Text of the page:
It took a long time before individuals agreed to participate, which I why there are a few early videos of me and Sally the counsellor.   A few women agreed to participate and once others saw them, many were happy to share a part of their story.   Nonetheless some did not wish to be fully exposed  and chose to show only their art works, whilst others made use of the computer’s special effects to conceal their identity.  View the videos with compassion – and consider the range of emotions and experiences, and hurdles that have underpinned  its creation.

To start I  discussed the shape of the project with the individual,  sometimes for many weeks, then we met to record the sound/video.  I made a rough cut which included images of their art work.   The participant and I met again to see the video and they were able to change, add or request any editing.  I was asked to cut out pauses – the stumbles and moments of uncertainty which I thought revealed some of the struggle of life post-abuse – but which the participant  saw very differently, add floating words,  include particular music, and delete bits and pieces that might affect others or a court case.  But mostly participants were immediately delighted with the video – and how it captured and revealed their story.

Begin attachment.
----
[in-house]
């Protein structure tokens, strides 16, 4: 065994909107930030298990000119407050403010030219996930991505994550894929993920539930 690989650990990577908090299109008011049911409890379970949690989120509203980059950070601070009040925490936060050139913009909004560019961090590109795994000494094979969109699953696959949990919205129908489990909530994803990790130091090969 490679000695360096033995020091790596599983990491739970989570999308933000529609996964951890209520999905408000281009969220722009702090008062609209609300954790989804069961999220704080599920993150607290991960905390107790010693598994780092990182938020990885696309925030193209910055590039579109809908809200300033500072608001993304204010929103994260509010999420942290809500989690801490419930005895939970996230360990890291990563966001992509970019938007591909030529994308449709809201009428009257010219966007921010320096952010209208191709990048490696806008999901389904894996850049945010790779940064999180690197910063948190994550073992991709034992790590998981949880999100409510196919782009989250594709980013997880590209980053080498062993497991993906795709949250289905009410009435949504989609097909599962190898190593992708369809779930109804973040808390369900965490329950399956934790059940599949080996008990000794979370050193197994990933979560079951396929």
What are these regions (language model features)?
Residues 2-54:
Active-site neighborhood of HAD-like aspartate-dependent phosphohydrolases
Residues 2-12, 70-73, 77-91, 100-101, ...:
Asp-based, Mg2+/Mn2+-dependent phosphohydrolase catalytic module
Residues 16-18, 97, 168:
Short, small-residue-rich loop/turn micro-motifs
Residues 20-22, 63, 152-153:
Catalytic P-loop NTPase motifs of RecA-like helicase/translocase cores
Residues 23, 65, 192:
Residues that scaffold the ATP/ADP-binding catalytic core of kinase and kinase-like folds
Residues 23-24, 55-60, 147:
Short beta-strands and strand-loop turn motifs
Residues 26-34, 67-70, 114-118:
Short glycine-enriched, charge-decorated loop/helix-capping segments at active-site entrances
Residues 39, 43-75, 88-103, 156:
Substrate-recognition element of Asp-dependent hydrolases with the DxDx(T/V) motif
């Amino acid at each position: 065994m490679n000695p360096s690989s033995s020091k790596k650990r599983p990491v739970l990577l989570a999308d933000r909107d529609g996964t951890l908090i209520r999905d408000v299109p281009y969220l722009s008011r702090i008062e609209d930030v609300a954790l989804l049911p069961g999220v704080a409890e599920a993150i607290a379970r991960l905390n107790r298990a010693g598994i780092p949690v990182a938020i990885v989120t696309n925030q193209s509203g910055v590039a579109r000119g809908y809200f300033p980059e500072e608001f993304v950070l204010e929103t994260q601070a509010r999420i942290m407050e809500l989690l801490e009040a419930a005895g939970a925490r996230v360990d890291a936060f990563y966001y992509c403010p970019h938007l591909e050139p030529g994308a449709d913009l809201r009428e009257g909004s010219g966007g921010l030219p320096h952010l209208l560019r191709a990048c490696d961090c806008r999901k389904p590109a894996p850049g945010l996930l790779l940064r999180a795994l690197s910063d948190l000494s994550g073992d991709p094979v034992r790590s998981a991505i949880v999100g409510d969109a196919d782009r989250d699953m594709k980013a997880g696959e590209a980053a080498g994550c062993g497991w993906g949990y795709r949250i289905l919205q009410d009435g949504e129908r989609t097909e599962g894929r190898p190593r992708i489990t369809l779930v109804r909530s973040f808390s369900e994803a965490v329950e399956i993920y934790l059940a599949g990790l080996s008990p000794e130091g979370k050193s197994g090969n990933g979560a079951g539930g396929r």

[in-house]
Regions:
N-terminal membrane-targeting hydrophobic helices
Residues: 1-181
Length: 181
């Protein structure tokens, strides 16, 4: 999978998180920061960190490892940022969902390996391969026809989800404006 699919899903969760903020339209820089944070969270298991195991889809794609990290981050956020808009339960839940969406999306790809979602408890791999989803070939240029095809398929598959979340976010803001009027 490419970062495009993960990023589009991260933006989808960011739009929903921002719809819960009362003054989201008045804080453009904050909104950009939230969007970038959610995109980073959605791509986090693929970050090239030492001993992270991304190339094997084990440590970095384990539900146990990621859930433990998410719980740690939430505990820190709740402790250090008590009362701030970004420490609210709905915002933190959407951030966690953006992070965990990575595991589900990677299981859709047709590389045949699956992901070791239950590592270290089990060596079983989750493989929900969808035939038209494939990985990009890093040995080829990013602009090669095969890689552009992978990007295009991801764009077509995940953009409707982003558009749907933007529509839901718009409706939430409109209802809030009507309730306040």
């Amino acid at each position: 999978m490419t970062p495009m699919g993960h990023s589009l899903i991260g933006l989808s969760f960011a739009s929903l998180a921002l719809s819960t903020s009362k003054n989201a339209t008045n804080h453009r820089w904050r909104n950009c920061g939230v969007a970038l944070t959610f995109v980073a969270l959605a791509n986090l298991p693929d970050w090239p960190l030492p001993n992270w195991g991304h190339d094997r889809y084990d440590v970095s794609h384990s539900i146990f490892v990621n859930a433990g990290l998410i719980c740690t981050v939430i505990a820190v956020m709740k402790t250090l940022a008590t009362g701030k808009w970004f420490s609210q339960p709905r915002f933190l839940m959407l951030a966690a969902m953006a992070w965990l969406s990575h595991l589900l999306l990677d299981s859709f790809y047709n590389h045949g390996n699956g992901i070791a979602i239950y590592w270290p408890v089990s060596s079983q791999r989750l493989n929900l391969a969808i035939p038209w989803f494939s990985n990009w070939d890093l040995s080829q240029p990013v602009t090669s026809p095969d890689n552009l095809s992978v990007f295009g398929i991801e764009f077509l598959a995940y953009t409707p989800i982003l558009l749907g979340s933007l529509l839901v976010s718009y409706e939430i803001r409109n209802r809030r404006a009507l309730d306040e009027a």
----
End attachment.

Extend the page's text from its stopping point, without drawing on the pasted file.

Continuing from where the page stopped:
I love the project.   I loved the collaborative nature of it.   I saw things about the person and the work which I had not seen in the art group.  I also got a deeper insight into the effects  of abuse on a particular individual – each situation is unique.  I see great potential in this medium for survivors of abuse to have their voices and stories recorded and told.  For this to help shift the silencing,  to show the suffering and the scarring – but also to show that so much of what the abusers  and others had said of them – that they are hopeless, failures and worthless – is simply not true.   We see survivors at their best.   Creative, tenacious, generous.